STATE – Last week, the state Division of Consumer made an unannounced return visit to 11 boardwalk novelty shops that had been selling suspected, illegal designer drugs in violation of state and federal laws – and found one shopkeeper continuing to sell the suspected chemicals, despite the stern warning he received in August.
The undercover investigation, conducted in partnership with Seaside Park and Seaside Heights police, is part of the Division of Consumer Affairs’ continuing effort to remove designer drugs such as “K2,” “Spice,” and so-called “bath salts” from retail establishments that sell them illegally.
The investigation led to the arrest of a shopkeeper who, just three weeks earlier, had voluntarily surrendered his stash of suspected designer drugs in order to avoid criminal charges.
On Friday, Sept. 2, shop owner Alaa Yousef Hussein allegedly sold four packets of suspected designer drugs labeled as “Down2Earth Climaxxx” and “Spark 4D Happy Caps” on two separate occasions during the same day, to undercover investigators who re-visited Music Sound, his shop at North Ocean Avenue, Seaside Park. On both occasions Friday, Hussein allegedly told the investigators the contents would give them a marijuana-like high.
Seaside Park Police arrested Hussein, 39, of Edison, at approximately 4:48 p.m.
Upon making the arrest, Seaside Park Police seized 48 packets of suspected designer drugs, with an estimated value of $1,200. Hussein is charged with distribution of an imitation controlled dangerous substance, a third-degree crime carrying a maximum penalty of five years in prison and a fine of up to $15,000, and sale of a toxic chemical, a fourth-degree crime carrying a maximum penalty of 18 months in prison and a fine of up to $10,000. He was held in the Ocean County Jail on $15,000 bail with no 10 percent option, and was released on Saturday, Sept. 3.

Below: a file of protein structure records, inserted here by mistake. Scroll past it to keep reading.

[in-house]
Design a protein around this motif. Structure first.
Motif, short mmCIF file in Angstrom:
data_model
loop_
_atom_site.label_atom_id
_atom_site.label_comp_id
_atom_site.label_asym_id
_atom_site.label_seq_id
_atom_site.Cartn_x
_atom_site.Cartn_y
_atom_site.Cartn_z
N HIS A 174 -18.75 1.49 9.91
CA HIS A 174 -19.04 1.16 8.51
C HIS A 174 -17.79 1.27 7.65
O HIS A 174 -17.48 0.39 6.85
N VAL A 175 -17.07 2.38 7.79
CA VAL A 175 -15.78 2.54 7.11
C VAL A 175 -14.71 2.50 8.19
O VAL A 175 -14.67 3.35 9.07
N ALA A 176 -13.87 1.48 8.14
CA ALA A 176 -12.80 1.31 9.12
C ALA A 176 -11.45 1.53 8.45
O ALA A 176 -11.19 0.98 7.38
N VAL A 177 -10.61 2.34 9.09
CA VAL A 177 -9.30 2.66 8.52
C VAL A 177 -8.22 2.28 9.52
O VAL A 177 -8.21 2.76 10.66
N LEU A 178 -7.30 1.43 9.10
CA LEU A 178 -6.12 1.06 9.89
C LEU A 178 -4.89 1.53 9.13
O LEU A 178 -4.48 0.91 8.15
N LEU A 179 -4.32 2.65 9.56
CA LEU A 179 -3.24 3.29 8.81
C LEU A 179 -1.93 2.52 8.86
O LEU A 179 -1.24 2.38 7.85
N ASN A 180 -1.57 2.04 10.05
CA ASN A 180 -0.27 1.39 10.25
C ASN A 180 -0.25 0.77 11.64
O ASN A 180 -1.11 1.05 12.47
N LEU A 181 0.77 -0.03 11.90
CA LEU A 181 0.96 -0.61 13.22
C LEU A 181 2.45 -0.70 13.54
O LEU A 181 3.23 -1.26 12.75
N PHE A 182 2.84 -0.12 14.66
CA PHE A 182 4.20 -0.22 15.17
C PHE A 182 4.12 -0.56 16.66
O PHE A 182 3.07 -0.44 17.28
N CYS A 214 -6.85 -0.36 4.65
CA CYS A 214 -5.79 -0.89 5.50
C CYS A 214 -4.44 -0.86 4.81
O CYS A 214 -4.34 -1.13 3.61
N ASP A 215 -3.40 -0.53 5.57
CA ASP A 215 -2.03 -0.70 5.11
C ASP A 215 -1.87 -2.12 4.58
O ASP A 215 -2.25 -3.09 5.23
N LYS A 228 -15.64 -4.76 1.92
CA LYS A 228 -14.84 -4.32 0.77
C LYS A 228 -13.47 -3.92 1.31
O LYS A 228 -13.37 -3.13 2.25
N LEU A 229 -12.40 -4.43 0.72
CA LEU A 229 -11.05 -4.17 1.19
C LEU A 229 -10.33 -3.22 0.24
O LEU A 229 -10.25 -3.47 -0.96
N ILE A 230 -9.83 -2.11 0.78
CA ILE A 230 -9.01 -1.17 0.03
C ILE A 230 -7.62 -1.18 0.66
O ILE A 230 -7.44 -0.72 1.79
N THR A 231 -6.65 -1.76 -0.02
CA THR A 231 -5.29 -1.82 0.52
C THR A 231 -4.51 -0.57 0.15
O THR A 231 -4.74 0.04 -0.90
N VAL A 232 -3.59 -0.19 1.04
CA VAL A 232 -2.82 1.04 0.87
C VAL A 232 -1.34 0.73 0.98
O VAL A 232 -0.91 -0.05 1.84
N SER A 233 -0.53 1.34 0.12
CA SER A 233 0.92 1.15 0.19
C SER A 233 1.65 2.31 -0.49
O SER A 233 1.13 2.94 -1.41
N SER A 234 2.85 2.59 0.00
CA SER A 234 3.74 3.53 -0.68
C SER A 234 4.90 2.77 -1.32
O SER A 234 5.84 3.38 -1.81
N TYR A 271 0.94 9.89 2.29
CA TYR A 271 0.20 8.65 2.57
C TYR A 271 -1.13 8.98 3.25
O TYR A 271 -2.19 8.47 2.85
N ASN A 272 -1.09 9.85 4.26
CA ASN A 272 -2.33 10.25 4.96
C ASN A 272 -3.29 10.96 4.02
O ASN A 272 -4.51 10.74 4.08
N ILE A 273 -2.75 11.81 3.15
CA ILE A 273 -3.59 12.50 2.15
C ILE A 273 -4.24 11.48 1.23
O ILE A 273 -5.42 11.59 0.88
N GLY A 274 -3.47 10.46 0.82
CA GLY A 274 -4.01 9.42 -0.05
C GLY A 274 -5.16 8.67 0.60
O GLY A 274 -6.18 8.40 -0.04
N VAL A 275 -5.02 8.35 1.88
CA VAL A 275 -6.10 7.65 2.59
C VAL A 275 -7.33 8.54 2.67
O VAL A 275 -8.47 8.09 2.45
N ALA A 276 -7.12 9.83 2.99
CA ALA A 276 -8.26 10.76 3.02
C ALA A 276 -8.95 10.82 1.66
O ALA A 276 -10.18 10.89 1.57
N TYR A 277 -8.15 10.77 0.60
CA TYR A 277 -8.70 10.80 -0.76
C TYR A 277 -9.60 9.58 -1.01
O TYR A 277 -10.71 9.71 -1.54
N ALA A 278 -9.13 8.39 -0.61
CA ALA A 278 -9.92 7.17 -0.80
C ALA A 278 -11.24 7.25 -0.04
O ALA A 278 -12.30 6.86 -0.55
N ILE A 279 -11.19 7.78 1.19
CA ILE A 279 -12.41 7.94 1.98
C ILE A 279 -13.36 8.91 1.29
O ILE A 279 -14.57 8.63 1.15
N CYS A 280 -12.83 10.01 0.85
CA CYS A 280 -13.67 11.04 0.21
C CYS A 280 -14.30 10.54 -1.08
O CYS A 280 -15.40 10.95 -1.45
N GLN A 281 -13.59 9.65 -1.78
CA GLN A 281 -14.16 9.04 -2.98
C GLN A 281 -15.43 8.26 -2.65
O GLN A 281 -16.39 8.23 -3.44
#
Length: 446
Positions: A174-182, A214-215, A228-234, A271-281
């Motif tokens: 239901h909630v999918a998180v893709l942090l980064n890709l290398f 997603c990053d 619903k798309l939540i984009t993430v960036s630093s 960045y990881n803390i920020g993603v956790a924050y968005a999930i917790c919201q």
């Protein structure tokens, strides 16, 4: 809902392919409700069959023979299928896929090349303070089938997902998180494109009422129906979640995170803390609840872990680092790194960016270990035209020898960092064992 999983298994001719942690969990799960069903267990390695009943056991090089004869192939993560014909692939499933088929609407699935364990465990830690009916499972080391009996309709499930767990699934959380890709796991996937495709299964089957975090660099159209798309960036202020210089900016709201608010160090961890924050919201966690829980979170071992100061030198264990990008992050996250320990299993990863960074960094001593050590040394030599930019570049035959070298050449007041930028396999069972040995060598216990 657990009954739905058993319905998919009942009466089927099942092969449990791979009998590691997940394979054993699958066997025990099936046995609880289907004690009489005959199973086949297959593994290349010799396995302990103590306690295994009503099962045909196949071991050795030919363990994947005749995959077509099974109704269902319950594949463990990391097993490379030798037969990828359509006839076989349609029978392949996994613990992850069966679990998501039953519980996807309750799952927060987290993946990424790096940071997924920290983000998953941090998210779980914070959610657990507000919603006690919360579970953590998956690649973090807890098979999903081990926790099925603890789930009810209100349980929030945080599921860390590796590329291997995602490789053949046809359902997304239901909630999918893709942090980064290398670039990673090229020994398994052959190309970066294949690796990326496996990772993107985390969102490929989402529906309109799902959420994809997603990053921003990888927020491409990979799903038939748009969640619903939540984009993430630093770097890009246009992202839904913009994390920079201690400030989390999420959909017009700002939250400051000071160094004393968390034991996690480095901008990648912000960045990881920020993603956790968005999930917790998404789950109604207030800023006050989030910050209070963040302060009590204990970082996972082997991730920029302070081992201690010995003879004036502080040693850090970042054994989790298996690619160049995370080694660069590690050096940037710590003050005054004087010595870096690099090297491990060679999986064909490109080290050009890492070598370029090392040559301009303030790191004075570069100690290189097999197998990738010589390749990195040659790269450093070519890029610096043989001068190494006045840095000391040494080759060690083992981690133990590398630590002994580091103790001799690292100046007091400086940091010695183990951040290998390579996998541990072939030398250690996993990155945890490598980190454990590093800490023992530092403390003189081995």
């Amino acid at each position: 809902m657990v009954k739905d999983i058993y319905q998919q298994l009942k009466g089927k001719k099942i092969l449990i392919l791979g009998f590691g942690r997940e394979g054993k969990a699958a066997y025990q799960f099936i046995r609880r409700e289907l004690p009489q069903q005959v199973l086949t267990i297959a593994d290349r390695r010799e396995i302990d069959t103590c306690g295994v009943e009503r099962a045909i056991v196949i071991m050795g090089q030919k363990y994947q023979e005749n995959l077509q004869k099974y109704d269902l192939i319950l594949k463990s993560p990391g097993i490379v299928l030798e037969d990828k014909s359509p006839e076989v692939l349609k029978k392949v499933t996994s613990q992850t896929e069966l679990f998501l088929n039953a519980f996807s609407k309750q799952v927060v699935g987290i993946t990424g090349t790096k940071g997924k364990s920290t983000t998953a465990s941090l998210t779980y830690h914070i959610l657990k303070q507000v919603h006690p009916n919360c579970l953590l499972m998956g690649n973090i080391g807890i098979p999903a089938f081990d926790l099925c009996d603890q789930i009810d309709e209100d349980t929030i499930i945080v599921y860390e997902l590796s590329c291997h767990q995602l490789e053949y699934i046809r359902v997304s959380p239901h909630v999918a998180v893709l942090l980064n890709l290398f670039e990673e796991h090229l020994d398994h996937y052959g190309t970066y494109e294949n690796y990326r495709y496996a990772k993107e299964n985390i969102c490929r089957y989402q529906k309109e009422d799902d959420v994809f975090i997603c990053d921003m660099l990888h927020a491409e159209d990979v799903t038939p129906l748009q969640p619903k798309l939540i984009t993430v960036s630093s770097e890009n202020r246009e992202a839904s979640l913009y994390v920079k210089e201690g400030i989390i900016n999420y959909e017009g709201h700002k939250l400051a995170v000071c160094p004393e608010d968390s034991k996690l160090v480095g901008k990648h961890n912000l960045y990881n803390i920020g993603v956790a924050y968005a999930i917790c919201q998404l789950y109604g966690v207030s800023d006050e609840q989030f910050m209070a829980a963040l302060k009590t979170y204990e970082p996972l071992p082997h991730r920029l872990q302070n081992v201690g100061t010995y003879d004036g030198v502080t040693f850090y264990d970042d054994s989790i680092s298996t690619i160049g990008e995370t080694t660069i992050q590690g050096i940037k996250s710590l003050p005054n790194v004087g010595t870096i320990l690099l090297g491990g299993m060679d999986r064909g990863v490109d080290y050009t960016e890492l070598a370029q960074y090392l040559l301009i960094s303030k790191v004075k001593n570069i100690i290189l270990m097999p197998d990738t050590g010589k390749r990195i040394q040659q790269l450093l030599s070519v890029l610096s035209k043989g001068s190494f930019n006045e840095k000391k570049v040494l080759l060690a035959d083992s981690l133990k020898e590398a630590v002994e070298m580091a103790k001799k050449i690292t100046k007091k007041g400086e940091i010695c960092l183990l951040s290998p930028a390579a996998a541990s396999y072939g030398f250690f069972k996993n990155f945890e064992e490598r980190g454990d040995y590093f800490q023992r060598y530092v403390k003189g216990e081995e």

“Certain disreputable retailers obviously have no qualms about selling chemicals that are illegal, toxic, and associated with disturbing acts of violence and alarming physical side effects. They would rather listen to drug distributors who tell them this garbage can be sold legally, than the law enforcement officials who explain otherwise,” Thomas R. Calcagni, director of the Division of Consumer Affairs, said.
“Undercover officers will return to these shops, as necessary, to ensure the message gets through. Designer drugs, from ‘K2’ and ‘bath salts’ to any substance sold for the intoxicating effect of its fumes, are illegal in New Jersey. If you are a shop owner and want to avoid criminal prosecution, get these drugs off your shelves.”
The investigation was conducted as a follow-up to Consumer Affairs’ Aug. 12 visit to the Boardwalk in partnership with Seaside Heights and Seaside Park police. On that date, Hussein was one of 10 shopkeepers who voluntarily surrendered a total of 733 packets of suspected designer drugs, with an estimated value of $18,325, rather than face criminal charges.
Usage of “bath salts” designer drugs and synthetic cannabinoids is known to cause intense hallucinations, anxiety, paranoid behavior, seizures, tremors, racing heartbeats, elevated blood pressure, among other disturbing symptoms. Reports from authorities and emergency rooms across New Jersey and nationwide chronicle the frightening experiences with patients high on these drugs, some of whom became completely detached from reality, engaged in acts of self-mutilation and suicide, and turned so violent that they needed to be strapped down in four-point restraints, intubated, and forcefully sedated.
The class of designer drugs commonly labeled as “bath salts” have been illegal in New Jersey since April 27, under an order of the Division of Consumer Affairs that classifies them as Schedule I Controlled Dangerous Substances, subject to the same level of control as cocaine or heroin.
Since the launch of its crackdown on designer drugs, the Division of Consumer Affairs has partnered with law enforcement agencies on the seizure or voluntary surrender of a total of more than 2,900 packets of suspected designer drugs, with an estimated total value of approximately $75,000, and the arrests of six individuals who allegedly sold the chemicals.
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